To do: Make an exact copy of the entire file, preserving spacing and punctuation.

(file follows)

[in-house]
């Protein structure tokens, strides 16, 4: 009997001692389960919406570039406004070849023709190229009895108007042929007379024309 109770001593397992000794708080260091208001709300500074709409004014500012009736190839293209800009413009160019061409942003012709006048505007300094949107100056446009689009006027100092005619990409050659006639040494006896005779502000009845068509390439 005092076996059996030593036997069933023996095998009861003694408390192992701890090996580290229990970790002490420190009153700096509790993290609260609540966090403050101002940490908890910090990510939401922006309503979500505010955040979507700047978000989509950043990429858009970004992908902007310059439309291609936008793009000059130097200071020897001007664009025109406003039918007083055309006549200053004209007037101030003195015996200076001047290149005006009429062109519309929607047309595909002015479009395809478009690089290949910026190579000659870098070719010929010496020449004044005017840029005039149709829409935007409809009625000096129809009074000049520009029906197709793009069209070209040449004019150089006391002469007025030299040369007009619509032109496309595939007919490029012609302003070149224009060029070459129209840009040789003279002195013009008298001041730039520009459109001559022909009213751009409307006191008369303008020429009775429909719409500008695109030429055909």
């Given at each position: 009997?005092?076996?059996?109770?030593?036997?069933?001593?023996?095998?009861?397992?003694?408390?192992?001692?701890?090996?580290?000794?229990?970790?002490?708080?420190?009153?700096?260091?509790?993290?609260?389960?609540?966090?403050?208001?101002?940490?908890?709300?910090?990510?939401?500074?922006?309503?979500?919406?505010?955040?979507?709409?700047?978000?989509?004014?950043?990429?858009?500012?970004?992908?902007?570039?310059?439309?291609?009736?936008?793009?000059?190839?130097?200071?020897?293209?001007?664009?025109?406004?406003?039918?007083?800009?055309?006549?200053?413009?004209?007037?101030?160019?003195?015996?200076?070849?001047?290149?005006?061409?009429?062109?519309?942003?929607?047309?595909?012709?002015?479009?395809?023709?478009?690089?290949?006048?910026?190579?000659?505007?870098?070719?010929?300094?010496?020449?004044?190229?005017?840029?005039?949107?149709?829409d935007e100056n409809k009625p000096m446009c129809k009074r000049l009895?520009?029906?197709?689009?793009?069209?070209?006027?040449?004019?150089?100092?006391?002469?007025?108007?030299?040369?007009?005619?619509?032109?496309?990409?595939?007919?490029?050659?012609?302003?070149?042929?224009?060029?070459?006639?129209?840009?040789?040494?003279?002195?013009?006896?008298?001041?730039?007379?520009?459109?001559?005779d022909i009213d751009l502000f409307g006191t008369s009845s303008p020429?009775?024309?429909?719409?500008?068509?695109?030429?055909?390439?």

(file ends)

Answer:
[in-house]
């Protein structure tokens, strides 16, 4: 009997001692389960919406570039406004070849023709190229009895108007042929007379024309 109770001593397992000794708080260091208001709300500074709409004014500012009736190839293209800009413009160019061409942003012709006048505007300094949107100056446009689009006027100092005619990409050659006639040494006896005779502000009845068509390439 005092076996059996030593036997069933023996095998009861003694408390192992701890090996580290229990970790002490420190009153700096509790993290609260609540966090403050101002940490908890910090990510939401922006309503979500505010955040979507700047978000989509950043990429858009970004992908902007310059439309291609936008793009000059130097200071020897001007664009025109406003039918007083055309006549200053004209007037101030003195015996200076001047290149005006009429062109519309929607047309595909002015479009395809478009690089290949910026190579000659870098070719010929010496020449004044005017840029005039149709829409935007409809009625000096129809009074000049520009029906197709793009069209070209040449004019150089006391002469007025030299040369007009619509032109496309595939007919490029012609302003070149224009060029070459129209840009040789003279002195013009008298001041730039520009459109001559022909009213751009409307006191008369303008020429009775429909719409500008695109030429055909």
């Given at each position: 009997?005092?076996?059996?109770?030593?036997?069933?001593?023996?095998?009861?397992?003694?408390?192992?001692?701890?090996?580290?000794?229990?970790?002490?708080?420190?009153?700096?260091?509790?993290?609260?389960?609540?966090?403050?208001?101002?940490?908890?709300?910090?990510?939401?500074?922006?309503?979500?919406?505010?955040?979507?709409?700047?978000?989509?004014?950043?990429?858009?500012?970004?992908?902007?570039?310059?439309?291609?009736?936008?793009?000059?190839?130097?200071?020897?293209?001007?664009?025109?406004?406003?039918?007083?800009?055309?006549?200053?413009?004209?007037?101030?160019?003195?015996?200076?070849?001047?290149?005006?061409?009429?062109?519309?942003?929607?047309?595909?012709?002015?479009?395809?023709?478009?690089?290949?006048?910026?190579?000659?505007?870098?070719?010929?300094?010496?020449?004044?190229?005017?840029?005039?949107?149709?829409d935007e100056n409809k009625p000096m446009c129809k009074r000049l009895?520009?029906?197709?689009?793009?069209?070209?006027?040449?004019?150089?100092?006391?002469?007025?108007?030299?040369?007009?005619?619509?032109?496309?990409?595939?007919?490029?050659?012609?302003?070149?042929?224009?060029?070459?006639?129209?840009?040789?040494?003279?002195?013009?006896?008298?001041?730039?007379?520009?459109?001559?005779d022909i009213d751009l502000f409307g006191t008369s009845s303008p020429?009775?024309?429909?719409?500008?068509?695109?030429?055909?390439?």